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Property taxes up, county budget balanced

by ANNISA KEITH
Staff Writer | September 25, 2021 1:00 AM

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SANDPOINT — Under the newly approved 2022 fiscal year budget, property owners will see a 4.7% increase on taxes — an average of $61. County Clerk Mike Rosedale and county commissioners held two meetings in late August to discuss the upcoming budget and field questions from citizens.

“After the first stage of budgeting, we were about $4.3 million short,” said Commissioner Dan McDonald at the meeting. “We had to find a way to find $4.3 million.”

There are three ways the commissioners, the clerk’s office, and all other county departments worked together to balance the budget. Collecting foregone taxes is one of them — closing that gap by $2,735,040, making it the most significant filler for the deficit.

Foregone taxes are funds that were never collected, but the state still keeps track of the prospective revenue with a levy. A levy is defined by the Internal Revenue Service as “the legal seizure of property in order to satisfy a tax debt.” Property taxes are supposed to increase by 3% every year to keep up with inflation, according to the state levy. Bonner County has not increased property taxes significantly over the last eight years, according to information given by Rosedale at August’s meeting. Bonner County previously opted against collecting the extra 3%, but things will change next year.

“We’ve kept the budget flat for the last 3 years, but there have been a number of changes that have happened,” said McDonald. “One, first and foremost, and I’m sure everyone’s noticed if you’ve bought anything, inflation is killing us.”

In addition to inflation, county officials cited new state legislation going into effect next year as a contributing factor for the size of the deficit.

“The state passed a couple pieces of legislation this year that really crippled us,” McDonald said, “one of them was with Panhandle Health.”

House Bill 316 requires counties to pay for 100% of the funds required by their respective health district, which is Panhandle Health in Bonner County. In return, counties get to decide if they will enact orders given by the health district.

“They also included in the bill that we don’t have the ability to reduce their budget. So we don’t have the ability to go to them and say, ‘You need to figure out how to do more with less,’” McDonald said. “Couple that with the way that they’ve hit us on new construction. Over the past three years, we’ve been using new construction dollars to offset inflation and that’s how we were able to keep the budget flat.”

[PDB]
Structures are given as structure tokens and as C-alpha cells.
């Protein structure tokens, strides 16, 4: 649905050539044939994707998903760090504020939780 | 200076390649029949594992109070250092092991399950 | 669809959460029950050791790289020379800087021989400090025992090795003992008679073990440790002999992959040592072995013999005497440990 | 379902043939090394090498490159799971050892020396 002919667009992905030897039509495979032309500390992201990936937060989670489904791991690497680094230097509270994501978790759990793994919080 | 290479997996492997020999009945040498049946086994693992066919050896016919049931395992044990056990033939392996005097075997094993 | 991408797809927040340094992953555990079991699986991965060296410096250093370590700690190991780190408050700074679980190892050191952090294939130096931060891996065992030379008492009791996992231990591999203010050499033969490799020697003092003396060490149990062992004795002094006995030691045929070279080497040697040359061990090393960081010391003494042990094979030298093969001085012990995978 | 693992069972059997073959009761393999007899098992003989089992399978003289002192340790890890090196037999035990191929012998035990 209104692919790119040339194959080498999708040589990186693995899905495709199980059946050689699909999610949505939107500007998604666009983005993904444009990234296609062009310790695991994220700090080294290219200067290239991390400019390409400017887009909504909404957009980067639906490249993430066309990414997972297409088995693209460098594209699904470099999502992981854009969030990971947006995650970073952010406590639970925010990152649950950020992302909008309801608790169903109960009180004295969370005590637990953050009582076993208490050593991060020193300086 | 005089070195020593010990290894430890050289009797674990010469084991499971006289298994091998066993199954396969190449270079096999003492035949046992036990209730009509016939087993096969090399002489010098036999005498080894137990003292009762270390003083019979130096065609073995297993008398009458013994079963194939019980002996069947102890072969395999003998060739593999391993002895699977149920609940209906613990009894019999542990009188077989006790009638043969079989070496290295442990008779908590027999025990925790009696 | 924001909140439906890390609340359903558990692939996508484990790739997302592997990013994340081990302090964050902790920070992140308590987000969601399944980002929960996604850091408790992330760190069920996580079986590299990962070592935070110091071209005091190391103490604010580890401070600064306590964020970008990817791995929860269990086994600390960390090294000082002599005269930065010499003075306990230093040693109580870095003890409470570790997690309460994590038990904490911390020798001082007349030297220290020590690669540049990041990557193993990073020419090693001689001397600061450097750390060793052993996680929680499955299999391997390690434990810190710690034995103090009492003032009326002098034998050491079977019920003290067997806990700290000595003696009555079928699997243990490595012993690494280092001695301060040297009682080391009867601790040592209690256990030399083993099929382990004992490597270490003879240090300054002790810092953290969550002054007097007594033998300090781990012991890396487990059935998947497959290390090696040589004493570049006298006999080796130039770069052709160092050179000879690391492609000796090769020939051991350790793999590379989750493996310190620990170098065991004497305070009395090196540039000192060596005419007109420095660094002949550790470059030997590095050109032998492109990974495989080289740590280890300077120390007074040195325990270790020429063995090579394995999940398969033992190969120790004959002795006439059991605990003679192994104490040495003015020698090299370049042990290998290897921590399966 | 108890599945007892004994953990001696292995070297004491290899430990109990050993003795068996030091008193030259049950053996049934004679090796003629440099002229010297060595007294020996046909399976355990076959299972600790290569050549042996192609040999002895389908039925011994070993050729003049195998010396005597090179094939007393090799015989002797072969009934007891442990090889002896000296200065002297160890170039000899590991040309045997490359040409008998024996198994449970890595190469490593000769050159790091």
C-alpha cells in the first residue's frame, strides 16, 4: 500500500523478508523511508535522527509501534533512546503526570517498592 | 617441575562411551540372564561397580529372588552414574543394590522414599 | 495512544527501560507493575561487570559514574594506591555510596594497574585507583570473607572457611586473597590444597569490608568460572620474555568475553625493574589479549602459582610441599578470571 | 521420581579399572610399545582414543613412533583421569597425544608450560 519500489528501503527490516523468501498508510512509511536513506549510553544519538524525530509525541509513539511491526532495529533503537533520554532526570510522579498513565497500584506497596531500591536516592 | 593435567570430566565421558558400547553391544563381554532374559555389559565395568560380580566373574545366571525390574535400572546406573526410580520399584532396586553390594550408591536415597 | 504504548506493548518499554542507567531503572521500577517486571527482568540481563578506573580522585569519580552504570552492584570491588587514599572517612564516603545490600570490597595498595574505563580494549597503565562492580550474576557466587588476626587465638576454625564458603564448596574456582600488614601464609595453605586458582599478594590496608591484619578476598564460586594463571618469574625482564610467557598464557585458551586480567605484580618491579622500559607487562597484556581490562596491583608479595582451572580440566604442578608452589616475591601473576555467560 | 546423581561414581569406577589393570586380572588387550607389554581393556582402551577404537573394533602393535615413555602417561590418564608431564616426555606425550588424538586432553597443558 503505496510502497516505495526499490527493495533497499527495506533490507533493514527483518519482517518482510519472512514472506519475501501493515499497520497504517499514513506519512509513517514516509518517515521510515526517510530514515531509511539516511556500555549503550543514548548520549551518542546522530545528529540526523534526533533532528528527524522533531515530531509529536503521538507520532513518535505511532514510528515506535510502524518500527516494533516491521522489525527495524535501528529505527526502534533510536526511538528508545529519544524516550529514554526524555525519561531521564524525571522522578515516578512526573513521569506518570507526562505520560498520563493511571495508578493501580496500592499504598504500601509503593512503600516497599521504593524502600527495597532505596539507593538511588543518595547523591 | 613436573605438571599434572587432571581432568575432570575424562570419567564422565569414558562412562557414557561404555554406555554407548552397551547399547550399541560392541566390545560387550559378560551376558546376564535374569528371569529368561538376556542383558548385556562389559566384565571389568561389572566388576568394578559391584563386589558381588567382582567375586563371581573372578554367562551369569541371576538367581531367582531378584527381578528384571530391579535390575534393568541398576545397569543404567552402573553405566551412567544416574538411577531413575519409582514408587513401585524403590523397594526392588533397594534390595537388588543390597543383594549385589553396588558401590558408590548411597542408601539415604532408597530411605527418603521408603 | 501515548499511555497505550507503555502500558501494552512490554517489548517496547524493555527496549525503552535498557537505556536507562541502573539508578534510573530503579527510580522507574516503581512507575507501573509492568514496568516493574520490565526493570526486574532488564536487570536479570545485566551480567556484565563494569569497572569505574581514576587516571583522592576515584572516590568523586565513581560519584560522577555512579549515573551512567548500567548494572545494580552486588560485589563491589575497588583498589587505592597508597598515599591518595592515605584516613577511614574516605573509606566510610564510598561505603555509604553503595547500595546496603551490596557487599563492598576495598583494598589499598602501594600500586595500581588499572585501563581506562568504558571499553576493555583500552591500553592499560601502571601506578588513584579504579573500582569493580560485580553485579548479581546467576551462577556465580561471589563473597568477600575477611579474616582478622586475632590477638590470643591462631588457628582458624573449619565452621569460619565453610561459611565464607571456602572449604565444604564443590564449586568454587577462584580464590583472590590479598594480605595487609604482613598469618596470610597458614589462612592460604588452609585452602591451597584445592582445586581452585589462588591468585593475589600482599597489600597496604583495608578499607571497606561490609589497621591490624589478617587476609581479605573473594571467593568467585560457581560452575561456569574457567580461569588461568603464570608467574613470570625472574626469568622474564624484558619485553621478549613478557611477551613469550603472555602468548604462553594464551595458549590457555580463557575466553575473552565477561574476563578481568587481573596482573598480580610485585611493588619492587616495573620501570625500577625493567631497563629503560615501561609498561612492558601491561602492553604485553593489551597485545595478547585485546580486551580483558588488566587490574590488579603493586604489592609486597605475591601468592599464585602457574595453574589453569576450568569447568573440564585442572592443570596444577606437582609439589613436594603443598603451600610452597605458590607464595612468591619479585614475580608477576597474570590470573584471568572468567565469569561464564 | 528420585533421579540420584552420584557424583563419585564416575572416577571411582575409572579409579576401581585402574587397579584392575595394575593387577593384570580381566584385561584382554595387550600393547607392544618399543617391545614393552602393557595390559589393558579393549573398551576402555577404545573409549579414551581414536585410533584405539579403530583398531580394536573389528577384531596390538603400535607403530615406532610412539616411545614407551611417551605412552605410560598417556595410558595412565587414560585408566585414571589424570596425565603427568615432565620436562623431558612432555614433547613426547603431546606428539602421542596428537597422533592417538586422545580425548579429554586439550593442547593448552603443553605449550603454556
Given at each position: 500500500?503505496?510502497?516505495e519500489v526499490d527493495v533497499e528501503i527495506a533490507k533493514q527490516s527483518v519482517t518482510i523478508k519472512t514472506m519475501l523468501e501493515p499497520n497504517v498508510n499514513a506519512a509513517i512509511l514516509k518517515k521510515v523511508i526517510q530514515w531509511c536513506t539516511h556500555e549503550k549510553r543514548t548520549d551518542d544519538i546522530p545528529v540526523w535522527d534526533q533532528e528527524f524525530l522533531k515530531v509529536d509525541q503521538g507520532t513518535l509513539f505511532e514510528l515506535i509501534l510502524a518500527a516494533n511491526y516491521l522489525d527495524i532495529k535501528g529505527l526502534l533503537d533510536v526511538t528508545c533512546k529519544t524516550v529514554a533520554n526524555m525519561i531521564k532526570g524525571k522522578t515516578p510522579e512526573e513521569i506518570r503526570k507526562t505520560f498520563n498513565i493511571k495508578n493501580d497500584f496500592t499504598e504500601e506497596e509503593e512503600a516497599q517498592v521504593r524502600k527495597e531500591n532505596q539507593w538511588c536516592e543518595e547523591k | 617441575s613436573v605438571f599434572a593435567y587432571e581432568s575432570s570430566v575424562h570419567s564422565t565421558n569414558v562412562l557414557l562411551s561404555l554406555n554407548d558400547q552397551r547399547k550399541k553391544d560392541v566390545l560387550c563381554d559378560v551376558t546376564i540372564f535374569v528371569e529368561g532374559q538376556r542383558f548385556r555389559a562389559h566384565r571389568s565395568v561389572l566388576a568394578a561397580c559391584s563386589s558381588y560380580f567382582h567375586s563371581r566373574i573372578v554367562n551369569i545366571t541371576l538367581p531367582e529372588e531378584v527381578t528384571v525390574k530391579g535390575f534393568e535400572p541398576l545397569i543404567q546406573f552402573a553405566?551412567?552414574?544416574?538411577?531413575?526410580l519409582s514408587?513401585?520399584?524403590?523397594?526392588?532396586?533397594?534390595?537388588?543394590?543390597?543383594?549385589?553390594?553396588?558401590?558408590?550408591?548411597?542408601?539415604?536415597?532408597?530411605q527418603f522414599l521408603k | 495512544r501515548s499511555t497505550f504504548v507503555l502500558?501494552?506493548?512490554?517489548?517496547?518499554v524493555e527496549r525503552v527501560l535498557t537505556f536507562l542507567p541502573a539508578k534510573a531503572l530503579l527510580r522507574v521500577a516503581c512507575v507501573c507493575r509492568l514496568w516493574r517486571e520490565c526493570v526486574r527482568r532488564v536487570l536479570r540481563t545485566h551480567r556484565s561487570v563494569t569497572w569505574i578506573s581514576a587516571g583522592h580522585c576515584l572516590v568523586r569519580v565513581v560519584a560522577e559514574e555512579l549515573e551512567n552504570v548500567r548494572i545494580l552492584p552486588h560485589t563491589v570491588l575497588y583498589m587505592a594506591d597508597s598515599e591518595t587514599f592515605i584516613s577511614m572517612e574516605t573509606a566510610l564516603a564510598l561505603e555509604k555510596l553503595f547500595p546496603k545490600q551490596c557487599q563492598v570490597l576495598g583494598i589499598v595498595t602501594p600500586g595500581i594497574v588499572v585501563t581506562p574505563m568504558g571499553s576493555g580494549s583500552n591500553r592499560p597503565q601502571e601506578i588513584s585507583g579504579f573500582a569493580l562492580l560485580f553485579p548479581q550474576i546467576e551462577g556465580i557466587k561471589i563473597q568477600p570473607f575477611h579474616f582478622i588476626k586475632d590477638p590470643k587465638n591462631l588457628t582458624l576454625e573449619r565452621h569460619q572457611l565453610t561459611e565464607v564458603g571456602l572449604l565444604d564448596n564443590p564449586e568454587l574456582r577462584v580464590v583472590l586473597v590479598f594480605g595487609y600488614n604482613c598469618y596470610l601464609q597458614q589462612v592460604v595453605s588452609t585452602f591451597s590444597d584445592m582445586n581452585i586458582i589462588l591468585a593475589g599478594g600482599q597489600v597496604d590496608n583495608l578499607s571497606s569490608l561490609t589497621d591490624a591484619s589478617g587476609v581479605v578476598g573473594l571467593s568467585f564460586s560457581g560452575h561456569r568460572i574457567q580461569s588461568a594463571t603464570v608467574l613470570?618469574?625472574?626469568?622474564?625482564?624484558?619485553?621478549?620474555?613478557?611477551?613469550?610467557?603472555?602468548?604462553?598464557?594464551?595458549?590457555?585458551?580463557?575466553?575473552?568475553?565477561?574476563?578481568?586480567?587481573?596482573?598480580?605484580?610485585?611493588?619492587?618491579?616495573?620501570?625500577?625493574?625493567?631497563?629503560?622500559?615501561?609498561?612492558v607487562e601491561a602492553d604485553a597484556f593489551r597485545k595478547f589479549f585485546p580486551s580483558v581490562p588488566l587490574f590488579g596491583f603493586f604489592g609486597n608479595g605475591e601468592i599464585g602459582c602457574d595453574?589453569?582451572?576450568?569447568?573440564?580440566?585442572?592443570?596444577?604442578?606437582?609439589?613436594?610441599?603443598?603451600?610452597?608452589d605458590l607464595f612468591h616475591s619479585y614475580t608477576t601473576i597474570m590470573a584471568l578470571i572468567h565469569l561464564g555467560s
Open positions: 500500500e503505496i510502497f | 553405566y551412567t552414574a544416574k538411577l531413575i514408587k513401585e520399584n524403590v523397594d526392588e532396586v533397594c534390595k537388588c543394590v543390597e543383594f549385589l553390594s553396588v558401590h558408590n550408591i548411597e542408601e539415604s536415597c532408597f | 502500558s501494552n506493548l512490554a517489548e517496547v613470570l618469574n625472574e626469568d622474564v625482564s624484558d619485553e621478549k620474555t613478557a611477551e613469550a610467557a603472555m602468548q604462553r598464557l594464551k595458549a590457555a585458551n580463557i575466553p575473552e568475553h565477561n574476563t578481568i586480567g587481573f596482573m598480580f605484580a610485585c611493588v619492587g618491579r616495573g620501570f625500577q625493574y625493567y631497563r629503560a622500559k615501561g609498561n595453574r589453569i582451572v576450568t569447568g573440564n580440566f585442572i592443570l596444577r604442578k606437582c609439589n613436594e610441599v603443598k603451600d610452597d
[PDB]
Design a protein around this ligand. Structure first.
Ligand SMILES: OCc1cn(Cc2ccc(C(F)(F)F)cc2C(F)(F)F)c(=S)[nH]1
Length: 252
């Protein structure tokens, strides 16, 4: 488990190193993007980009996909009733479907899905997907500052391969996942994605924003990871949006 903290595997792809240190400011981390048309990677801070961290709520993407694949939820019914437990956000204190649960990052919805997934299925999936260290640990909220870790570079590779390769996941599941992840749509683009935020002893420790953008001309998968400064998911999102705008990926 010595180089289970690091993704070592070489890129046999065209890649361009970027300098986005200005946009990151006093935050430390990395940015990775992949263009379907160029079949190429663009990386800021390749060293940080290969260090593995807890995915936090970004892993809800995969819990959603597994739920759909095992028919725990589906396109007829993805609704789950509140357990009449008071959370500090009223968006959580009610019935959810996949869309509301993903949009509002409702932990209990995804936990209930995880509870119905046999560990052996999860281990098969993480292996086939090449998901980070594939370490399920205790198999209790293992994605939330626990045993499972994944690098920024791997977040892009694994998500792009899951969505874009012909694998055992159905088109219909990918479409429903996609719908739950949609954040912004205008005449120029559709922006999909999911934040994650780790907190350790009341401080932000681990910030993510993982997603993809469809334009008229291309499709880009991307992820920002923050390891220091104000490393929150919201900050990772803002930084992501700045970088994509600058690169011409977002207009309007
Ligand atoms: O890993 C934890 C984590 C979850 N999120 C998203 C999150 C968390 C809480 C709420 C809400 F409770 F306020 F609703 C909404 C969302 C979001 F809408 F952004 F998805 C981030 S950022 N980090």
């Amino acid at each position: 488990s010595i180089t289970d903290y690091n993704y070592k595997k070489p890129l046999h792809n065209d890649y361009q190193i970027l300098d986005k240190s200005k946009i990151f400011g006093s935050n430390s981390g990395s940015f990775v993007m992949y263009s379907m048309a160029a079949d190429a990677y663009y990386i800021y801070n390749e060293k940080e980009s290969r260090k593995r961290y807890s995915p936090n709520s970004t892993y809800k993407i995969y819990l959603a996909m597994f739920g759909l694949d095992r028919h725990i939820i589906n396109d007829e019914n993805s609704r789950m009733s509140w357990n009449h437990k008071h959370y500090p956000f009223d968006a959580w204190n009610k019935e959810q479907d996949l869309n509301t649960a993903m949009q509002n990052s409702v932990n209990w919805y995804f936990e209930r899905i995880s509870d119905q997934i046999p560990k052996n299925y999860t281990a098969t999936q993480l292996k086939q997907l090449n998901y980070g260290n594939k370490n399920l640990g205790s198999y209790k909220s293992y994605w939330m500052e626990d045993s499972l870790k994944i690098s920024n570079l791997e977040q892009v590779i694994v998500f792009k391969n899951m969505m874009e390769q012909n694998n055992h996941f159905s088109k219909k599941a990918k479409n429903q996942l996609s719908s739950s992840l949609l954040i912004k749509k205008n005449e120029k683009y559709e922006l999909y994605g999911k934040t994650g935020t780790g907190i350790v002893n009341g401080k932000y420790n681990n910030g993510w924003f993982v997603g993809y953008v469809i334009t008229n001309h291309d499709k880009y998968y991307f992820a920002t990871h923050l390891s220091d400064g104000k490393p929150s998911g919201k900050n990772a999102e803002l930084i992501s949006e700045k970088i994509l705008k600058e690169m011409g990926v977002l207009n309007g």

Another piece of legislation, HB389, in a nutshell, prevents counties from counting the entire sum of construction costs as revenue. Counties must now choose between counting a higher percentage of construction costs as revenue, or collecting foregone taxes.

“When they passed the law it didn’t allow us to take 100% of new construction. We only got 90%. That was a pretty good hit in itself,” said Commissioner Jeff Connolly in an interview.

“The state has been talking about basically handcuffing counties that have been trying to live as frugally as they can,” said McDonald at the meeting. “And by doing that, there’s this stampede now of counties, or some of them anyway, rushing to use their foregone.” said McDonald.

“Under state law, we have the ability to go back and realize any foregone that we haven’t taken over the years,” he added. “We don’t like to rip off property owners, we don’t wanna increase taxes, and we’ve been successful to date. Unfortunately, we’ve been boxed into a corner.”

McDonald said the county had to make a choice between raising taxes, or cutting essential services.

“So we were stuck with the hard decision to say ‘Ok, we’re going to have to suck it up and take foregone.’”

While the $2,735,040 garnered from foregone taxes considerably shrunk the deficit, it wasn’t enough to eliminate it. The roughly $1.6 million was resolved by cooperation between all county departments in the form of cost cutting and taking money from departments with the most funding,

McDonald credited the departments with realizing revenue and making sacrifices, specifically the road & bridge department and the sheriff’s office.

“We assembled all the department heads and elected officials again for a department head meeting and said, 'So listen, guys, we’re in trouble here, we need to find a way to make some more cuts,’“ he said. “We were able to knock about a million bucks off the budget.”